Over the next year, we're bound to see both sides of McCain. He'll continue to push for noteworthy reforms in the Senate--on torture, lobbying, defense procurement, immigration and other issues--while quietly and not-so-quietly courting elements of the conservative base. Right now, he's offering Republican activists a firm handshake. If it ever becomes a bear hug, akin to his embrace of Bush on the campaign trail in 2004, the John McCain of '08 may look quite different to moderates and independents from the John McCain they think they know now. If the heir to Barry Goldwater emerges as the new face of conservatism, it'll be clear that even straight talkers know how to spin.

Tags: 2008, General 2008, John McCain (all tags)

Comments

24 Comments

Another scary article
The Mark of McCain ... worth a re-read.
by Freedom 2005-11-24 12:28PM | 0 recs
Re: Another scary article
Yowza! The subtitle says it all. Meet The Senator Most Likely To Start A Nuclear War

Great find Freedom!

by Gary Boatwright 2005-11-24 03:04PM | 0 recs
Lynn Cheney agrees

John McCain is a bad, bad man.

by Gary Boatwright 2005-11-24 04:06PM | 0 recs
Re: Lynn Cheney agrees
Great blog! But any reference to McCain is Oblique at best. My terrible permanent-eyes- crossed malady is acting up again...
by blues 2005-11-25 01:25PM | 0 recs
Why is he allegedly popular with some on the left?
He's not a "straight talker" - that's just a product of brilliant marketing directed at the lazy sycophants in our incompetent national media. Oh look, there's another shiny bauble! It's the same game that planted the meme in 2000 that dubya would be "more fun" to have a beer with at a backyard picnic - I don't know about you, but I've never find it to be much fun to hang out with chronically underachieving wealthy former frat boys who hand out stupid nicknames and had the potential to puke on my prime minister's shoes (okay that was dad - who had the flu - but, you get my point).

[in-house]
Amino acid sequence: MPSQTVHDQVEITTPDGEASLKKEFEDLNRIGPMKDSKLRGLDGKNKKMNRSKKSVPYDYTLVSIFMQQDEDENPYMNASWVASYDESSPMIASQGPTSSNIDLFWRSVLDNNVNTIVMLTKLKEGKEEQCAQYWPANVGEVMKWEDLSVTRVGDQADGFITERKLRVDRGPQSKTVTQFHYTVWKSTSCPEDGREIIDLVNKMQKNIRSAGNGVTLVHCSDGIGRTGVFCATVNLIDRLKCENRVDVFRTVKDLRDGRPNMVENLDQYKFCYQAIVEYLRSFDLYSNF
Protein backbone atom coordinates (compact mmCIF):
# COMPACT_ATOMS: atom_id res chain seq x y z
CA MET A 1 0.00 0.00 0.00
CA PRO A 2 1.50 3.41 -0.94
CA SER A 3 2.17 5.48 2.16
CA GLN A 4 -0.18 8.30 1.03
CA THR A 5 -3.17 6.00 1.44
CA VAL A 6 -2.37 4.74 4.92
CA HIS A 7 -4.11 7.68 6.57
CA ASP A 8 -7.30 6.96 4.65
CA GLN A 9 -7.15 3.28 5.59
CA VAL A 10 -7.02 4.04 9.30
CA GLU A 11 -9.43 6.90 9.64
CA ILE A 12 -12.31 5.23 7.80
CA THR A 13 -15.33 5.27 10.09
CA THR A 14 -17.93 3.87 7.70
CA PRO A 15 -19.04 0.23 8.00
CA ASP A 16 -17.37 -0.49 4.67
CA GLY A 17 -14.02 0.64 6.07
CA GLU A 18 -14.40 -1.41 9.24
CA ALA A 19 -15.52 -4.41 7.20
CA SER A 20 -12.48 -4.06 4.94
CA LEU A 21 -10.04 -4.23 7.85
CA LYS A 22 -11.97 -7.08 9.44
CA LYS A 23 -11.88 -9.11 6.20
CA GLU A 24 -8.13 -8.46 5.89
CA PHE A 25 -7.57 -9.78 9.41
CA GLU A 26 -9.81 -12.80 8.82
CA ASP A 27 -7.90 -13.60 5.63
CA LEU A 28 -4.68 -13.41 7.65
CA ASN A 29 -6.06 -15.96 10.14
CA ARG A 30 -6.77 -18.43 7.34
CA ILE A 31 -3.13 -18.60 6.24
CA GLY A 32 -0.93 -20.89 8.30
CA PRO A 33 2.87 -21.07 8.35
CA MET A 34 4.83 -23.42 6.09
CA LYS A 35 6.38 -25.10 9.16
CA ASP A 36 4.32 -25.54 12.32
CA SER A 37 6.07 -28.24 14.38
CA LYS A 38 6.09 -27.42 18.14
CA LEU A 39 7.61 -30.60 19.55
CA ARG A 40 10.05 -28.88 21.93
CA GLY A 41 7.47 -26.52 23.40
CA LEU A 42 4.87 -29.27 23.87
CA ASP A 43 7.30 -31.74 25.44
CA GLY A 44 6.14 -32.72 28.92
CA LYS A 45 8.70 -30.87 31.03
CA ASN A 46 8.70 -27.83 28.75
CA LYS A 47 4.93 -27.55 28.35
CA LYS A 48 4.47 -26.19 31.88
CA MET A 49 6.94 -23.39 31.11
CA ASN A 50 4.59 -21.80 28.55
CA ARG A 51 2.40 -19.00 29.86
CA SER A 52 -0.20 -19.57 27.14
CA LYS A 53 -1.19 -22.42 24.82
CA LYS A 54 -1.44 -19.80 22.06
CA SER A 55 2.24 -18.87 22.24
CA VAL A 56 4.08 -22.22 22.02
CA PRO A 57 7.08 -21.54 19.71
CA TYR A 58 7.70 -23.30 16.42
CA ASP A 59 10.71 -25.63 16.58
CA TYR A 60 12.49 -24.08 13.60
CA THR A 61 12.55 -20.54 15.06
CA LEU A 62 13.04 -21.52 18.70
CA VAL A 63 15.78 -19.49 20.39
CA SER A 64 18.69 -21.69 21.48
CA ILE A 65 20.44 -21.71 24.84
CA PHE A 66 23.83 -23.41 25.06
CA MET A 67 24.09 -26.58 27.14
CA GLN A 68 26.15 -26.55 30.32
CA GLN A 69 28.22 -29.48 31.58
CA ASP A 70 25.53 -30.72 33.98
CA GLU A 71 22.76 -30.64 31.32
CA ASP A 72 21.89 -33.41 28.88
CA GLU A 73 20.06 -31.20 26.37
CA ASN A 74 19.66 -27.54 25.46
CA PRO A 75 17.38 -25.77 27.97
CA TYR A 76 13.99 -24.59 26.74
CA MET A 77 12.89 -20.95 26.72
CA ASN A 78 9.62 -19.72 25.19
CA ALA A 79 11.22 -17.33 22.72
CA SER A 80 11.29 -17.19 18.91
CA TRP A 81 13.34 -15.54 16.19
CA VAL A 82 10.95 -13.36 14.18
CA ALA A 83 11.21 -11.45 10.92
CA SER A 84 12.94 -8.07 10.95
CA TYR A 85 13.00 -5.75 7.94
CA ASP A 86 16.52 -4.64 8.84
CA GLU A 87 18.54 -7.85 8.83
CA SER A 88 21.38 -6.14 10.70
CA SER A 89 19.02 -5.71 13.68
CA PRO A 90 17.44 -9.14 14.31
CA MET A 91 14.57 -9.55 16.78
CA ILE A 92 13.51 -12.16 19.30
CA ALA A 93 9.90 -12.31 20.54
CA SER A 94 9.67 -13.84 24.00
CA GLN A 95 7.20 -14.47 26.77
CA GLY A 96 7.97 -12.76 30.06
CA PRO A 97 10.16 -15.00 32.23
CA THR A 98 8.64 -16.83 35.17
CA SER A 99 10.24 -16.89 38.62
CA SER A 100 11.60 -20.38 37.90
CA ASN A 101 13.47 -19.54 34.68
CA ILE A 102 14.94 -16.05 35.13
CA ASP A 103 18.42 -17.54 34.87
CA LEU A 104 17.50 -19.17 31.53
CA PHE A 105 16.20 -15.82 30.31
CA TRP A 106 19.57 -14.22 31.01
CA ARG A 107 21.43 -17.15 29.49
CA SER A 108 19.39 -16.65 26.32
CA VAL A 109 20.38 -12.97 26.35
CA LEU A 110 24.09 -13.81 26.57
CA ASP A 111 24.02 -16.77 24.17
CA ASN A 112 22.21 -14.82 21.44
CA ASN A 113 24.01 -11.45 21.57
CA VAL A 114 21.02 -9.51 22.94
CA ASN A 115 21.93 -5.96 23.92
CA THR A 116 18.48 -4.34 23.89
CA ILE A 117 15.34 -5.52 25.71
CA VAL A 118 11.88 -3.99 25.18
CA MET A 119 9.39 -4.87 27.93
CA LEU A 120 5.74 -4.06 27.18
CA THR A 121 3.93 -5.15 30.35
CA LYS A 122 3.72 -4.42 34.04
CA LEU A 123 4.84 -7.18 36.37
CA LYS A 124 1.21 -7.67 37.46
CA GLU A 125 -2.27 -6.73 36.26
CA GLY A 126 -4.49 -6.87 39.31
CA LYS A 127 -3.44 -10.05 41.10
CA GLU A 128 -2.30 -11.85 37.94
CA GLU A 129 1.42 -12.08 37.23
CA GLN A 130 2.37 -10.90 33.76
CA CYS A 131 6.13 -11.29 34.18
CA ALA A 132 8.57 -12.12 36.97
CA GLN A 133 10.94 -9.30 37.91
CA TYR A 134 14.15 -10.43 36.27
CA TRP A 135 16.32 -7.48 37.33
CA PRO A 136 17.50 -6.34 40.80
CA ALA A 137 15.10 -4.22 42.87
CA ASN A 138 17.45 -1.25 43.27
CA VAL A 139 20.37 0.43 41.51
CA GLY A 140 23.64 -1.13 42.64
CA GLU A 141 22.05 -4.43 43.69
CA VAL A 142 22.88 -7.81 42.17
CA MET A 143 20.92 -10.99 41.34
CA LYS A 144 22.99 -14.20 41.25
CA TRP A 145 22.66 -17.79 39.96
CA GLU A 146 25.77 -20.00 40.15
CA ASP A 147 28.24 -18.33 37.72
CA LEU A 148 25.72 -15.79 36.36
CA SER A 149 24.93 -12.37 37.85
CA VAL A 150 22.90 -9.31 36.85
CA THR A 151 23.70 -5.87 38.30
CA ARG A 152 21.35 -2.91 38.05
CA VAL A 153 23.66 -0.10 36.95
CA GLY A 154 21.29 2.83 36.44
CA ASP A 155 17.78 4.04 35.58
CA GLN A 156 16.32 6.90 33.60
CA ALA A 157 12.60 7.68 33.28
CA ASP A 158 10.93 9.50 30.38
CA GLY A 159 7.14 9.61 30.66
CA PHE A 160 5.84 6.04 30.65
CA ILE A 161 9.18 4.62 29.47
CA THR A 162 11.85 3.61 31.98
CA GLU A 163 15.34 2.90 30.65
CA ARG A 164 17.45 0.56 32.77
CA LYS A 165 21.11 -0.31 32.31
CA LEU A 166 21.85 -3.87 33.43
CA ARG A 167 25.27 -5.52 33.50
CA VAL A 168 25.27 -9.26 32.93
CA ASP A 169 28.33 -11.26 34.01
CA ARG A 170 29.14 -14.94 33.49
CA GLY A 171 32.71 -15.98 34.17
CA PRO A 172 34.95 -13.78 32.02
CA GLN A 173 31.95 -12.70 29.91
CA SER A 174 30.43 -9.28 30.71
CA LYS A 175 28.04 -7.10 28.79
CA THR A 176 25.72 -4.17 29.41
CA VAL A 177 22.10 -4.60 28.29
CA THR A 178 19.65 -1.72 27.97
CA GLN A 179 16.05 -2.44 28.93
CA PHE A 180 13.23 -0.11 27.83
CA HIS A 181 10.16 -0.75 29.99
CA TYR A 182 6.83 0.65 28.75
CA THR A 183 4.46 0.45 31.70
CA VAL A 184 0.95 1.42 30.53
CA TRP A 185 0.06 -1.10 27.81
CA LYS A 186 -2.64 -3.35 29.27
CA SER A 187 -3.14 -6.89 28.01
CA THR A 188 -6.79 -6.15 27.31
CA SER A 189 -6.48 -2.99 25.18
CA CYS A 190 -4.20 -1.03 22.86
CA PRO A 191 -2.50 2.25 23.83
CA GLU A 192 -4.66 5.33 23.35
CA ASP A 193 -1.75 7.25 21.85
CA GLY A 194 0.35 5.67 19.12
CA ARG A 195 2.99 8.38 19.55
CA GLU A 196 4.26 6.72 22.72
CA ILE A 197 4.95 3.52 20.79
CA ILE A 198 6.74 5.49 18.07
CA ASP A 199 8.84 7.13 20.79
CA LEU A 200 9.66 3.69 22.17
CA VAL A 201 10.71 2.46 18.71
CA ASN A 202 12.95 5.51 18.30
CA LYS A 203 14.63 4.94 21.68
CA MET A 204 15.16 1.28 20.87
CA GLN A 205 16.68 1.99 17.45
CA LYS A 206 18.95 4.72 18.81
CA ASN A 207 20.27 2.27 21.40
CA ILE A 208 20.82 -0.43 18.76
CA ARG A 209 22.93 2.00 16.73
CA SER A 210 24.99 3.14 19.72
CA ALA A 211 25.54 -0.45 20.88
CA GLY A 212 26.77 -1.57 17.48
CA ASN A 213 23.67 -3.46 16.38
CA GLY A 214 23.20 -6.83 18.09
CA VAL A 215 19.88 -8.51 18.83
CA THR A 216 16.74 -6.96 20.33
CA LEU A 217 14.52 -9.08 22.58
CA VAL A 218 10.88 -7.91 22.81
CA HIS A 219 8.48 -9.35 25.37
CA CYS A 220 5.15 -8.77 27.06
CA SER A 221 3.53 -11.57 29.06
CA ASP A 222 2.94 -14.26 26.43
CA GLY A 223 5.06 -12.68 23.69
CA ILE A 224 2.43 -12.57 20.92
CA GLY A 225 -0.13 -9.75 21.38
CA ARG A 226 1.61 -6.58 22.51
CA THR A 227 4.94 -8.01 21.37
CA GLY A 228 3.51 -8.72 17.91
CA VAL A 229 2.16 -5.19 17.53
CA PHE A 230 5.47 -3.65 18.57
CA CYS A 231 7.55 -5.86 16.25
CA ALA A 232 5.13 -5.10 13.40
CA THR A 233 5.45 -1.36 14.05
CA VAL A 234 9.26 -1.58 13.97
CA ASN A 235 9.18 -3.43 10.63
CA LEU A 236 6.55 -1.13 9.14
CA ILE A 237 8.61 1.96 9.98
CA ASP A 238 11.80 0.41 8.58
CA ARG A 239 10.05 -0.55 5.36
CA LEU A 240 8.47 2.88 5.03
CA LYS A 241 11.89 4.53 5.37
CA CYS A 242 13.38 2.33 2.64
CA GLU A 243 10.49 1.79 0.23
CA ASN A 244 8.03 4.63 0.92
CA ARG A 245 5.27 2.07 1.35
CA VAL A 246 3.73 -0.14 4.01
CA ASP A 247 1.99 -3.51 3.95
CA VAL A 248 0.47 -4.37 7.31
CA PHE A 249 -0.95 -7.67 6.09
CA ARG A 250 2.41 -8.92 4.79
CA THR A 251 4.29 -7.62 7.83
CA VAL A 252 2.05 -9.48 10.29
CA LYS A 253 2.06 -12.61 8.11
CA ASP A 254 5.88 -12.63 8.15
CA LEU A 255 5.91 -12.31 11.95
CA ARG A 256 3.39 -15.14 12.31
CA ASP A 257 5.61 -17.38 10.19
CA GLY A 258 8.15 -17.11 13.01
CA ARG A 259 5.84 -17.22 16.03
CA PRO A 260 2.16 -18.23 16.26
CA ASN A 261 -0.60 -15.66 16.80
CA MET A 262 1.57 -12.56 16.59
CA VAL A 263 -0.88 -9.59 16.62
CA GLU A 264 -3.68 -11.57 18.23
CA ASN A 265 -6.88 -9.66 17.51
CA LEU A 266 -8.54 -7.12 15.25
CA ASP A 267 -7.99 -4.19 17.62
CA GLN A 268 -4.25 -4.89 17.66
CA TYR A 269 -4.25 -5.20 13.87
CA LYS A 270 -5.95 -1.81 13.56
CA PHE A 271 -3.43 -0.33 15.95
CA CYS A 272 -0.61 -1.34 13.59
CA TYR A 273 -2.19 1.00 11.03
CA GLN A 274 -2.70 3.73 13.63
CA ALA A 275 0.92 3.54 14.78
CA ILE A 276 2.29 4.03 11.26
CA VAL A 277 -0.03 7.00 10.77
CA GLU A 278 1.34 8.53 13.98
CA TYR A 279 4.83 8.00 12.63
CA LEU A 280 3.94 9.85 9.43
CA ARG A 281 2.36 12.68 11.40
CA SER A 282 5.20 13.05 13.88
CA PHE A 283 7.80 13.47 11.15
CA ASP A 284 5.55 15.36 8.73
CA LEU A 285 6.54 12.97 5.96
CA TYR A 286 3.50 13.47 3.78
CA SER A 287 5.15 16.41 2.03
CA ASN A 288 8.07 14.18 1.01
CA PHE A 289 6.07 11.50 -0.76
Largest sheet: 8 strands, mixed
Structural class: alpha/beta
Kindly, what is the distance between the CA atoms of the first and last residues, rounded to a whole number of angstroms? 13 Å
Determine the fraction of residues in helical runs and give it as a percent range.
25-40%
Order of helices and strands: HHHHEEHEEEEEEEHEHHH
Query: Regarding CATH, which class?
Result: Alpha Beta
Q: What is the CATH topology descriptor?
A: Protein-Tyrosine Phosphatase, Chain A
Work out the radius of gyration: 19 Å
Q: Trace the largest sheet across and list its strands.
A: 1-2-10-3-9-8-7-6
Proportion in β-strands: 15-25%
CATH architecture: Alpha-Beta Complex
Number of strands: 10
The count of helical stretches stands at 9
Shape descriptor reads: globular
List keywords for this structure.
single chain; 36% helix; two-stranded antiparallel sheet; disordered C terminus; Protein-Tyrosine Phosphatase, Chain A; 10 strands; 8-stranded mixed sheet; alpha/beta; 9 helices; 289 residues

He's to the right of Attila the Hun (and to the left of Grover Norquist, but who isn't?).

He enables dubya and his administration. That's a long and very sorry list.

He's a republican (That's reason enough to not vote for him, at least from the perspective of my parents in Arizona who never have and never will).

Gee, he's "good" on torture. Sure hope he gets that torture amendment passed. Yeah, right. The reality is - torture is already absolutely forbidden under U.S. law, treaty obligations, and the peremptory norms of international law. He hasn't asked if dubya signed any executive order(s) - "secret", "super double secret" or otherwise - relating to such behaviors, has he? He should be holding hearings and talking about impeachment, but he won't.    

He'll never get my vote. I'd sooner vote for st. ralph (that'll never happen, either) than John McCain - and that about says it all.

by Michael Bersin 2005-11-25 01:47AM | 0 recs
Unbeatable